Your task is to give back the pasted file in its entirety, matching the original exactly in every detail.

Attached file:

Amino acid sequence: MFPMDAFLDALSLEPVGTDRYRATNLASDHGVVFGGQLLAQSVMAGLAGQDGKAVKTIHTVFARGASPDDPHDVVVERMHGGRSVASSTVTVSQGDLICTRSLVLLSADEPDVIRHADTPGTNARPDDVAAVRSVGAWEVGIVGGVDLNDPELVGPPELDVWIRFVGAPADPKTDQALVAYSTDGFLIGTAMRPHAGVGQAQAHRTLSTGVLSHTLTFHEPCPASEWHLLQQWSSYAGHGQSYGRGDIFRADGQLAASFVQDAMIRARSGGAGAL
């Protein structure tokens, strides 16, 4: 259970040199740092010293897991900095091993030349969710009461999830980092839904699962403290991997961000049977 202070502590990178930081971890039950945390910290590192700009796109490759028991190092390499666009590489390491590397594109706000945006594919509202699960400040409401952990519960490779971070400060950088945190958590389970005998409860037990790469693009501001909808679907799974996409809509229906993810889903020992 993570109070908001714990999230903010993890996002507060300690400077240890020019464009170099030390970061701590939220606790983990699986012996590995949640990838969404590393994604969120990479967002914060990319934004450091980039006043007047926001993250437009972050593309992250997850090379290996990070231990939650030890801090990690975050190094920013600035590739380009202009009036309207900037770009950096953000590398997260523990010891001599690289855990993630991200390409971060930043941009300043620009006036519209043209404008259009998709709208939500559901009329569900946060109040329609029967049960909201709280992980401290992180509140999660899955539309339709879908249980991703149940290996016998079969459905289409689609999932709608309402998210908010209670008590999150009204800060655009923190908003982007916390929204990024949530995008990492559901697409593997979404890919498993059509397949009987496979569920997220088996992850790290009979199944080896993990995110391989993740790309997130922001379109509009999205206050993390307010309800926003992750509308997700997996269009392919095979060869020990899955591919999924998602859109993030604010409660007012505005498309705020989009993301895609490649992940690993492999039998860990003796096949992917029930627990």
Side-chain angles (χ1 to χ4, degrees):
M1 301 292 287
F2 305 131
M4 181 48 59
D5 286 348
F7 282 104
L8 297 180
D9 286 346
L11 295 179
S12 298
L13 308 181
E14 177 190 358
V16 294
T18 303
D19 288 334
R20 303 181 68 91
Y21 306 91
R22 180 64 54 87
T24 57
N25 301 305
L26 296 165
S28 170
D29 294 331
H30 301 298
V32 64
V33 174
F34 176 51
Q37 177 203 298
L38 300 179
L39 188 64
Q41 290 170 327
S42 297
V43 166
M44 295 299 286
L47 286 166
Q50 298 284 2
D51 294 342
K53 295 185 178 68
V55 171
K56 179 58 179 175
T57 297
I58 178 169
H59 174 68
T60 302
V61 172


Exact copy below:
Amino acid sequence: MFPMDAFLDALSLEPVGTDRYRATNLASDHGVVFGGQLLAQSVMAGLAGQDGKAVKTIHTVFARGASPDDPHDVVVERMHGGRSVASSTVTVSQGDLICTRSLVLLSADEPDVIRHADTPGTNARPDDVAAVRSVGAWEVGIVGGVDLNDPELVGPPELDVWIRFVGAPADPKTDQALVAYSTDGFLIGTAMRPHAGVGQAQAHRTLSTGVLSHTLTFHEPCPASEWHLLQQWSSYAGHGQSYGRGDIFRADGQLAASFVQDAMIRARSGGAGAL
């Protein structure tokens, strides 16, 4: 259970040199740092010293897991900095091993030349969710009461999830980092839904699962403290991997961000049977 202070502590990178930081971890039950945390910290590192700009796109490759028991190092390499666009590489390491590397594109706000945006594919509202699960400040409401952990519960490779971070400060950088945190958590389970005998409860037990790469693009501001909808679907799974996409809509229906993810889903020992 993570109070908001714990999230903010993890996002507060300690400077240890020019464009170099030390970061701590939220606790983990699986012996590995949640990838969404590393994604969120990479967002914060990319934004450091980039006043007047926001993250437009972050593309992250997850090379290996990070231990939650030890801090990690975050190094920013600035590739380009202009009036309207900037770009950096953000590398997260523990010891001599690289855990993630991200390409971060930043941009300043620009006036519209043209404008259009998709709208939500559901009329569900946060109040329609029967049960909201709280992980401290992180509140999660899955539309339709879908249980991703149940290996016998079969459905289409689609999932709608309402998210908010209670008590999150009204800060655009923190908003982007916390929204990024949530995008990492559901697409593997979404890919498993059509397949009987496979569920997220088996992850790290009979199944080896993990995110391989993740790309997130922001379109509009999205206050993390307010309800926003992750509308997700997996269009392919095979060869020990899955591919999924998602859109993030604010409660007012505005498309705020989009993301895609490649992940690993492999039998860990003796096949992917029930627990």
Side-chain angles (χ1 to χ4, degrees):
M1 301 292 287
F2 305 131
M4 181 48 59
D5 286 348
F7 282 104
L8 297 180
D9 286 346
L11 295 179
S12 298
L13 308 181
E14 177 190 358
V16 294
T18 303
D19 288 334
R20 303 181 68 91
Y21 306 91
R22 180 64 54 87
T24 57
N25 301 305
L26 296 165
S28 170
D29 294 331
H30 301 298
V32 64
V33 174
F34 176 51
Q37 177 203 298
L38 300 179
L39 188 64
Q41 290 170 327
S42 297
V43 166
M44 295 299 286
L47 286 166
Q50 298 284 2
D51 294 342
K53 295 185 178 68
V55 171
K56 179 58 179 175
T57 297
I58 178 169
H59 174 68
T60 302
V61 172